A fortnight ago I was in Macau, enjoying luxury like I’ve never experienced luxury before.
I was one of about 1,250 invited media guests flown in from all over the world to witness the grand opening of the Venetian Macao, an expensive and ambitious project spearheaded the Las Vegas Sands Corporation.
Marina Bay Sands, Singapore
These are the same guys who had won the lucrative bid to open the first casino in Singapore, The Marina Bay Sands Resort in 2009. They also operate several casinos and convention halls around Las Vegas, including the original Venetian of which the Macao one is based on.
Throughout my stay here, I could not help but to be in constant awe of the sheer size and enormity of the project.
It was monolithic. Truly unlike anything I have ever seen before.
The hotel lobby
The Venetian Macao is the second largest building in the world and the biggest integrated resort in Asia.
The entire complex boasts a total floor space of 10.5 million square feet. They call it the first true integrated resort in Asia, featuring 3,000 hotel suites, 1.2 million square feet of convention and exhibition space, 1 million square feet of upscale retail space, 550 thousand square feet of casino space, a 1,800 seat theatre and a 15,000 seat arena, all housed under one single roof.
Frankly, I don’t know exactly how big “10.5 million square feet” is either, but imagine this.
Imagine the most luxurious hotel suites in Mandarin Oriental, the largest convention halls in KLCC, the biggest upmarket shopping mall in Starhill Gallery, the entire Genting casino (times two), the whole KLPAC theatre and the whole Bukit Jalil Indoor Stadium ALL COMBINED under one single building.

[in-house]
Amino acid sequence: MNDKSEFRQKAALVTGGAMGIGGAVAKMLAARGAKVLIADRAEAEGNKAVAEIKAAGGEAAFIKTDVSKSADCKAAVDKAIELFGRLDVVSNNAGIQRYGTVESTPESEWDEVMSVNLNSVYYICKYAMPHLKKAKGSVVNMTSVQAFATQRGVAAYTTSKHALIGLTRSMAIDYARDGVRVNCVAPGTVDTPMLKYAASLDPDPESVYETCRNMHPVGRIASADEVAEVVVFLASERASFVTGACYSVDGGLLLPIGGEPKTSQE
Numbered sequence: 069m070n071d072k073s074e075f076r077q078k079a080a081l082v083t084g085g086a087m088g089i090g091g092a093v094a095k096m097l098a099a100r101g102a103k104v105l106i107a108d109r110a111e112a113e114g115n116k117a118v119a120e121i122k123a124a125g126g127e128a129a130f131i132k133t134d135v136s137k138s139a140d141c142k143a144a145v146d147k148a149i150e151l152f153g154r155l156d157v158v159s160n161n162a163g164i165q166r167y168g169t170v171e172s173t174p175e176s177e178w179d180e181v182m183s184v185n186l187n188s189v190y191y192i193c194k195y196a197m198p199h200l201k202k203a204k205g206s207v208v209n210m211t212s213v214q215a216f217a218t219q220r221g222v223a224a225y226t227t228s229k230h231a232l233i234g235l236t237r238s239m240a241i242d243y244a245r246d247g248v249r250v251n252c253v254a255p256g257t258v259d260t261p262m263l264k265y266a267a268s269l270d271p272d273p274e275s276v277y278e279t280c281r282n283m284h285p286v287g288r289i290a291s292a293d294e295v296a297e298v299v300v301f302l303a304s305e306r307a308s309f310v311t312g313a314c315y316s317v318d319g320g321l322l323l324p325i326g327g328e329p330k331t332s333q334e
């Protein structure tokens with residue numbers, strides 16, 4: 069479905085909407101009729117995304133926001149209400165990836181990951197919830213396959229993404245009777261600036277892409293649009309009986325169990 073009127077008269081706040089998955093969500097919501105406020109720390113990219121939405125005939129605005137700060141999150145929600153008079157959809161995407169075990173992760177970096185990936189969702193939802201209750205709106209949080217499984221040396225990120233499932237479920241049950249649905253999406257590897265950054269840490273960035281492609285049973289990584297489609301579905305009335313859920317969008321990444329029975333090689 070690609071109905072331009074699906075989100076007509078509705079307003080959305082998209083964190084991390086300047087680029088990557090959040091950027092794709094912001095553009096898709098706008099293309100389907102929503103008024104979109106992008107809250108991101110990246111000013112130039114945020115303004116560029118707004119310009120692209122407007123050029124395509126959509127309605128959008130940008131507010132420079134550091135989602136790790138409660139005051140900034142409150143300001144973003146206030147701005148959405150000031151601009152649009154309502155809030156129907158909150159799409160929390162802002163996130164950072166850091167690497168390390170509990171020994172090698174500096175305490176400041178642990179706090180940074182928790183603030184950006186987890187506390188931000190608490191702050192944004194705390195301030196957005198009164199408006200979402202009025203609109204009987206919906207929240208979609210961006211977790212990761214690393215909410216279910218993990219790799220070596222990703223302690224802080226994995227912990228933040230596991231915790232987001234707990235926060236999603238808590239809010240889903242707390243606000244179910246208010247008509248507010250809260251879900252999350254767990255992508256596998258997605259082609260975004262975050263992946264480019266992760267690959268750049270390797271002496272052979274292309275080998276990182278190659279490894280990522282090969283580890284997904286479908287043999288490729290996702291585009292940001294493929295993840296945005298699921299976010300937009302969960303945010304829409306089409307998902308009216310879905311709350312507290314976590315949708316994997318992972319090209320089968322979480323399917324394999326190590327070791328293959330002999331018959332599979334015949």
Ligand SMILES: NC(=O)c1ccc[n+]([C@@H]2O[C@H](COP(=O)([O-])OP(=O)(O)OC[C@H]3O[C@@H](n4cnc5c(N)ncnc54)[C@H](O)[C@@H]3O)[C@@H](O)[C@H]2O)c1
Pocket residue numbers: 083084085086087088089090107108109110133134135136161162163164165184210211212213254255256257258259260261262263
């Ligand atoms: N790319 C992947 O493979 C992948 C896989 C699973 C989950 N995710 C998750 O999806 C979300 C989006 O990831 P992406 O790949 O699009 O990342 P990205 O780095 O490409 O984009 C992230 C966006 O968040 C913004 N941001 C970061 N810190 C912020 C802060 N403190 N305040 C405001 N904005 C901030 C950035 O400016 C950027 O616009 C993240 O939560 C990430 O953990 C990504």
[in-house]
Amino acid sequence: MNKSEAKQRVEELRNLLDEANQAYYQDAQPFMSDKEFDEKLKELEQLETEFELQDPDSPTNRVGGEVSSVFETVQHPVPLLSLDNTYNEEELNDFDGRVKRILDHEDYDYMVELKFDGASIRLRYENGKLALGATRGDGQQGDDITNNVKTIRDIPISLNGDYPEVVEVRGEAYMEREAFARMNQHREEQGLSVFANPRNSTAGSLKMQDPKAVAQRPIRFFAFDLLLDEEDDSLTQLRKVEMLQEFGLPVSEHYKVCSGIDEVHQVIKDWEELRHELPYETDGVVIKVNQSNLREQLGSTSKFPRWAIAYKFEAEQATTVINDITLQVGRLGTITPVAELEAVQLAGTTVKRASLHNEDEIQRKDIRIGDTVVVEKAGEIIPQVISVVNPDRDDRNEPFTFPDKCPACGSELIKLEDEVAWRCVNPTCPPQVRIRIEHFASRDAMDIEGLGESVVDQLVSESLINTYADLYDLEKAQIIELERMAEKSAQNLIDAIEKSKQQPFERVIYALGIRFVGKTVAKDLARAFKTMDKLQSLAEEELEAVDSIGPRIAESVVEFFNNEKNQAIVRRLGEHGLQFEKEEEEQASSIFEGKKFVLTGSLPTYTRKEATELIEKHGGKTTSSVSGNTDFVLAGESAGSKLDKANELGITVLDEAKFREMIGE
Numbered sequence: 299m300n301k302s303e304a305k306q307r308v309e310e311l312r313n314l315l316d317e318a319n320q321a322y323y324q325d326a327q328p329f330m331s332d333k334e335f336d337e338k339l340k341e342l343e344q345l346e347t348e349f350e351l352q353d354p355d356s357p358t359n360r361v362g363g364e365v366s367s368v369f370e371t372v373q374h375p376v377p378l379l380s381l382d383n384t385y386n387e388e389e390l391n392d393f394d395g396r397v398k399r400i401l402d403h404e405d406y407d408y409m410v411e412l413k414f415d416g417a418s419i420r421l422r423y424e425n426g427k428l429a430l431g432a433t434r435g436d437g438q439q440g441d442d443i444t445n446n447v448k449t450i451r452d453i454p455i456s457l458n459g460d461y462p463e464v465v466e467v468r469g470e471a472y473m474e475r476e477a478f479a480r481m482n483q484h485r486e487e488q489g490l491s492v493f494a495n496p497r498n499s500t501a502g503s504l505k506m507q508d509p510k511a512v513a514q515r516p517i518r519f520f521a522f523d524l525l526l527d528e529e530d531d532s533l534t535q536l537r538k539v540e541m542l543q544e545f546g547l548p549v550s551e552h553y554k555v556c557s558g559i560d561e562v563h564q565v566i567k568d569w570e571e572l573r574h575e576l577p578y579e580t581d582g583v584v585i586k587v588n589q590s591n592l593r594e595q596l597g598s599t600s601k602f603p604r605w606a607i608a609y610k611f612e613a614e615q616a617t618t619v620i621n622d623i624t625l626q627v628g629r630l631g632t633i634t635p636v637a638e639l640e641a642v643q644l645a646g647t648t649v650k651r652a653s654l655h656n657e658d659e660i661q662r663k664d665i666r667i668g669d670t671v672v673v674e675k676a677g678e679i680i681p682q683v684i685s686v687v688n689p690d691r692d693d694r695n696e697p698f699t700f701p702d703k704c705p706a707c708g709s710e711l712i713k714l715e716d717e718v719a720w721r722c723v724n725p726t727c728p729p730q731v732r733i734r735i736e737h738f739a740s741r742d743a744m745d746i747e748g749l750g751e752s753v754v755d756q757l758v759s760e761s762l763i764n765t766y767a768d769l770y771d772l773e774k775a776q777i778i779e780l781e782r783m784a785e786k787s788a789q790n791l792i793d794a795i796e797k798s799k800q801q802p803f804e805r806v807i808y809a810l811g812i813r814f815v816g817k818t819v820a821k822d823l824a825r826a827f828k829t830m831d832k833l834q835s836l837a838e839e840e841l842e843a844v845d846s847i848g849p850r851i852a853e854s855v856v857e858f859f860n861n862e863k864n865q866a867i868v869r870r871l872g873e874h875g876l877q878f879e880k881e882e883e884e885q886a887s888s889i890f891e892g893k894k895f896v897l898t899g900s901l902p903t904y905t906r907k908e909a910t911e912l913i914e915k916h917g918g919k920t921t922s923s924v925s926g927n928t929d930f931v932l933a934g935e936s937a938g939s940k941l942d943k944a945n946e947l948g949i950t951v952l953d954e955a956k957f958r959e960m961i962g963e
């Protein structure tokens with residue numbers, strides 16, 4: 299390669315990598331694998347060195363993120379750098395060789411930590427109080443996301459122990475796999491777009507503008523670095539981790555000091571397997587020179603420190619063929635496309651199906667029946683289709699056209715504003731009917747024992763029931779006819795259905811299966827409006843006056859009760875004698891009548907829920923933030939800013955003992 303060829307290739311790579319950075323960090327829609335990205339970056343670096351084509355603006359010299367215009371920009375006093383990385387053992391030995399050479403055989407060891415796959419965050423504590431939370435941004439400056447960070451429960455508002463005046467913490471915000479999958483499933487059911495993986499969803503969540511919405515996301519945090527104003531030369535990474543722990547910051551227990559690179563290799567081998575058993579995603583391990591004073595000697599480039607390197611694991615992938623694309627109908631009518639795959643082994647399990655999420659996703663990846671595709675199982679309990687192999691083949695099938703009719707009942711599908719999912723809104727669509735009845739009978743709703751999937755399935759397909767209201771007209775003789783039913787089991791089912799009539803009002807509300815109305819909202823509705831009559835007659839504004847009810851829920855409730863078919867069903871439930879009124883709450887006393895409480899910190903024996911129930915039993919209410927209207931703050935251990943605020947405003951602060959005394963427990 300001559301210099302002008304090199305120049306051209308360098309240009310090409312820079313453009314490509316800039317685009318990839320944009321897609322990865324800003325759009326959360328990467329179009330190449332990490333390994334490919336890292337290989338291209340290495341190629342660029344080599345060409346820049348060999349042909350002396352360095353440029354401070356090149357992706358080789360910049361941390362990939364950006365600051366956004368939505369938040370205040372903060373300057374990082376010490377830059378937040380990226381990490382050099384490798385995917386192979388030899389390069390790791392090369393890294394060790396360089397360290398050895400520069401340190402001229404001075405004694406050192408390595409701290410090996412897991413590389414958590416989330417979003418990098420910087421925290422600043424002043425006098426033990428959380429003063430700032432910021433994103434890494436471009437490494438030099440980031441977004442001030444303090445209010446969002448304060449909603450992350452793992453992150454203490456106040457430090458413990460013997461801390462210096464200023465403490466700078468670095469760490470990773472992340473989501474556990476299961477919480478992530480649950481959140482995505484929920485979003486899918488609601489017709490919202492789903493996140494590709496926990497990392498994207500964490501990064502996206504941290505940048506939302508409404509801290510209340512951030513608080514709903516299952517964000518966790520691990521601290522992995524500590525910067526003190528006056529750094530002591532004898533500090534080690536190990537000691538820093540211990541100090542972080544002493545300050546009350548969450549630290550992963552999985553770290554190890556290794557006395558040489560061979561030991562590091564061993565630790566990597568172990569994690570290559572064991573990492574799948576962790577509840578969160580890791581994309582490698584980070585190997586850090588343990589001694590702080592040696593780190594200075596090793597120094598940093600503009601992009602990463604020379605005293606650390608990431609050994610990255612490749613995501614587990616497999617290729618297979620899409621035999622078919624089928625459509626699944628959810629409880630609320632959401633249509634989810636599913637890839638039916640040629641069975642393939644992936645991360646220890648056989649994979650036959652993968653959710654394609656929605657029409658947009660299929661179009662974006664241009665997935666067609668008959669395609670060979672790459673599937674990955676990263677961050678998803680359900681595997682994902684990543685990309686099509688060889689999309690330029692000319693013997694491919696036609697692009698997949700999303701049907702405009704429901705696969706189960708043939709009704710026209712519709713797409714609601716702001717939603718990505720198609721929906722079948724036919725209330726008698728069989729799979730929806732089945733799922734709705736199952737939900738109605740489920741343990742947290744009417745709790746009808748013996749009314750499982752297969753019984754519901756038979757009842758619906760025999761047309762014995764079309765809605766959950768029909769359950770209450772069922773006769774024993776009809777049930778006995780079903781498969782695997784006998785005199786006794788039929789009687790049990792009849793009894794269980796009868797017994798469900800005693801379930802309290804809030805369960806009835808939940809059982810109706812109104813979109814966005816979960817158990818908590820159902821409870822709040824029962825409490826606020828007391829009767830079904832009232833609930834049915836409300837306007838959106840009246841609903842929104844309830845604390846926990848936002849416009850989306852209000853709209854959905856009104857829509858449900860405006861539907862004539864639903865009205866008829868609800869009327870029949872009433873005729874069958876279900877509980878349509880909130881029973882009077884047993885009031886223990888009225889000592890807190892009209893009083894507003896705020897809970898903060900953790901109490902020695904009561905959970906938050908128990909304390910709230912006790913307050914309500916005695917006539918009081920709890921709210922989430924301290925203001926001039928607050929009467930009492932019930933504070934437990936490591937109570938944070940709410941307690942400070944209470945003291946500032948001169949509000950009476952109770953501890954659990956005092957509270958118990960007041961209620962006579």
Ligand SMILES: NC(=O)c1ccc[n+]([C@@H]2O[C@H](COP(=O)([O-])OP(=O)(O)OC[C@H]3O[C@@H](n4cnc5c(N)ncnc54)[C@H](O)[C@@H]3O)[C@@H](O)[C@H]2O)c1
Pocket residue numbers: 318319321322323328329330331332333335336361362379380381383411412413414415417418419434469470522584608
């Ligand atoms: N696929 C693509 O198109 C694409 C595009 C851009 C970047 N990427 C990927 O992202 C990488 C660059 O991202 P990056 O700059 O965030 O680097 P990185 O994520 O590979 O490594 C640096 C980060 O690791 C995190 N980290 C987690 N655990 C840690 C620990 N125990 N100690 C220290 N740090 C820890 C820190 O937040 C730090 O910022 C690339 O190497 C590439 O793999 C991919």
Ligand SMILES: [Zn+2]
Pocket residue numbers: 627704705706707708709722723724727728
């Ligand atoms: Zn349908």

Give it a classic Venetian makeover and put it at one minute drive away from KLIA, you’ll get the Venetian Macao.
The man behind all these is Mr Sheldon Adelson, the chairman and CEO of Las Vegas Sands Corp.
Sheldon Adelson also happens to be the sixth richest man in the world and third richest in the USA according to Forbes Magazine. He ranks in after Bill Gates and Warren Buffet; but way ahead of Steve Jobs, Google founders and all those Hollywood A-list celebrities.
You gotta hand it to him.
Here’s a guy who was born into an immigrated family, started out dirt poor selling newspapers at the roadsides to earn a living when he was 12.
Through hard work and determination, he made his first big break selling exhibition space for a computer convention. Now he owns and runs one of the biggest integrated resorts in the world.
At 74 years of age, Sheldon Adelson shows no signs of slowing down. His first Asian project, the billion-dollar Sands Macao Casino broke even in just one year. Over the next few years, Las Vegas Sands Corp will continue to invest heavily in Macau, China and Singapore.
Here’s a guy who predicted that revenue in Macau will soon surpass that of Las Vegas, famously saying that “Las Vegas should be called America’s Macau”
As amazing as the Venetian Macao already is, it is only the first phase of development among a much more grandoise scheme. They build the resort on a reclaimed land, by filling up the sea with enough sand to build the Egyptian Pyramids.
The new land is called Cotai, and The Venetian Macao is the crown jewel of a stretch of road nicknamed the Cotai Strip – the stretch of road that will bring Las Vegas to Asia.